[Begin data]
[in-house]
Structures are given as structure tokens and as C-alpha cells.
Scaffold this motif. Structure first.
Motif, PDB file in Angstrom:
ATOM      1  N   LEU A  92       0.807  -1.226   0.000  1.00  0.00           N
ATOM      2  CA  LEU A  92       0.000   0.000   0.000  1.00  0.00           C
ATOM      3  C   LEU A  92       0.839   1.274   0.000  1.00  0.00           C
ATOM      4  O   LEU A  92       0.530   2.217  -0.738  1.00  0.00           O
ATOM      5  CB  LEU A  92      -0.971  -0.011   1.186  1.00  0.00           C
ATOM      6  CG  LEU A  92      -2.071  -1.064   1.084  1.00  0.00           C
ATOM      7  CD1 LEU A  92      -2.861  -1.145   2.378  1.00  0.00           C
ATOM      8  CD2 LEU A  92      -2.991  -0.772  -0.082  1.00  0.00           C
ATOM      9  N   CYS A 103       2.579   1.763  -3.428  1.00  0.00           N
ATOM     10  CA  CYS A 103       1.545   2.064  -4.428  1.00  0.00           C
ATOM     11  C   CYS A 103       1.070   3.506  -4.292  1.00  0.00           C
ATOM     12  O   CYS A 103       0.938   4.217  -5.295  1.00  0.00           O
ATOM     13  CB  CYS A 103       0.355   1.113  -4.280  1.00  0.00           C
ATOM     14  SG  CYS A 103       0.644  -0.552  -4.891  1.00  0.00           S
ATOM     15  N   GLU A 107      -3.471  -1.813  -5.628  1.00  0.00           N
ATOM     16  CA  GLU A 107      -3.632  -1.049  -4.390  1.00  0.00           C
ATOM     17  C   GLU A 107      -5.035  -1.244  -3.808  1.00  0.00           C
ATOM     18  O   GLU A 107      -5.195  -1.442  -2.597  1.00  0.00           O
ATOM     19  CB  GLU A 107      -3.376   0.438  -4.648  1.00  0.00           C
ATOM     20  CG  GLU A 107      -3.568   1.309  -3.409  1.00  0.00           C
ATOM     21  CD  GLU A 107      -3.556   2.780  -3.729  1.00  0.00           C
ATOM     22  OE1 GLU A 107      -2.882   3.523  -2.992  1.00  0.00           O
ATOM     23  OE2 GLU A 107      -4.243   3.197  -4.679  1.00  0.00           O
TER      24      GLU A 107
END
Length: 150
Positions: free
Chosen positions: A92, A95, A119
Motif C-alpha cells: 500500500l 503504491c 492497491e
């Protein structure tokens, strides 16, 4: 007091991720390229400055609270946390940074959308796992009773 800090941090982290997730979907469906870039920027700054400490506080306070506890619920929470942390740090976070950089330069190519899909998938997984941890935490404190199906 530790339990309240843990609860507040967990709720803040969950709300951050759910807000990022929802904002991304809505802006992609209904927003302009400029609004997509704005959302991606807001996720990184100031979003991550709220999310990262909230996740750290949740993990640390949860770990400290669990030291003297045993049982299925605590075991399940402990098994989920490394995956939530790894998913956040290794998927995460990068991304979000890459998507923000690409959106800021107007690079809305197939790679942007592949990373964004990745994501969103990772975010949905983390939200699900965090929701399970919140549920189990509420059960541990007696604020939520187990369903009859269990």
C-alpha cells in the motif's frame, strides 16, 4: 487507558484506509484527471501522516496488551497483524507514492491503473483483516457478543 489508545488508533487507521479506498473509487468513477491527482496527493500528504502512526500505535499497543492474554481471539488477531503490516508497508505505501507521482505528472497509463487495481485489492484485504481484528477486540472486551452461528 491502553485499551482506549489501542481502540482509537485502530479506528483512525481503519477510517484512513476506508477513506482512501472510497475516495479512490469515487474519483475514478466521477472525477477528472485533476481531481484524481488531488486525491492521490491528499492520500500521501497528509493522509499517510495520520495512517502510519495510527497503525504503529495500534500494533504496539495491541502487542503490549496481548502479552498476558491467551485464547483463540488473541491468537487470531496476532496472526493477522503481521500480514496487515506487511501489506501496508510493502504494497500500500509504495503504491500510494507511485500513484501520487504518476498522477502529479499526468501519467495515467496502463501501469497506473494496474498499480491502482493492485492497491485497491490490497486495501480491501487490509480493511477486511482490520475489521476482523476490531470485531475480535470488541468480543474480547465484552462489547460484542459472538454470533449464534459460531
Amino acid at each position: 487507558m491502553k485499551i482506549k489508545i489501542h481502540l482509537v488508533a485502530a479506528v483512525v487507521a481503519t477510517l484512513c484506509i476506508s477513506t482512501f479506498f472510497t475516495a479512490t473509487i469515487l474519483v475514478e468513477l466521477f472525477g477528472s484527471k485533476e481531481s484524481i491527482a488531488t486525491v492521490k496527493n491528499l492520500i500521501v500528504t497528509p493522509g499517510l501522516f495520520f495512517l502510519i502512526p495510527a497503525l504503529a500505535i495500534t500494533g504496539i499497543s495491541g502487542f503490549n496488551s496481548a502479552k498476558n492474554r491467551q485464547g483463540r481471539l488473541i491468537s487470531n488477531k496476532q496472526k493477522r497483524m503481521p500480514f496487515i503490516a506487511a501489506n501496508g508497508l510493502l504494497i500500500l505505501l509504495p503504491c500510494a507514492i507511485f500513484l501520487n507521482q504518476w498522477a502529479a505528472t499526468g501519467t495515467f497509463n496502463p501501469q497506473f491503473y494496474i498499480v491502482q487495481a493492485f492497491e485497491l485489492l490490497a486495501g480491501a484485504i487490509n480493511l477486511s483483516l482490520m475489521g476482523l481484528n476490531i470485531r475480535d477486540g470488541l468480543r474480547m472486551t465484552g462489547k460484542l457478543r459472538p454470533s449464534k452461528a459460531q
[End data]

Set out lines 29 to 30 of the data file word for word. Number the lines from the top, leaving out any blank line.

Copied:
END
Length: 150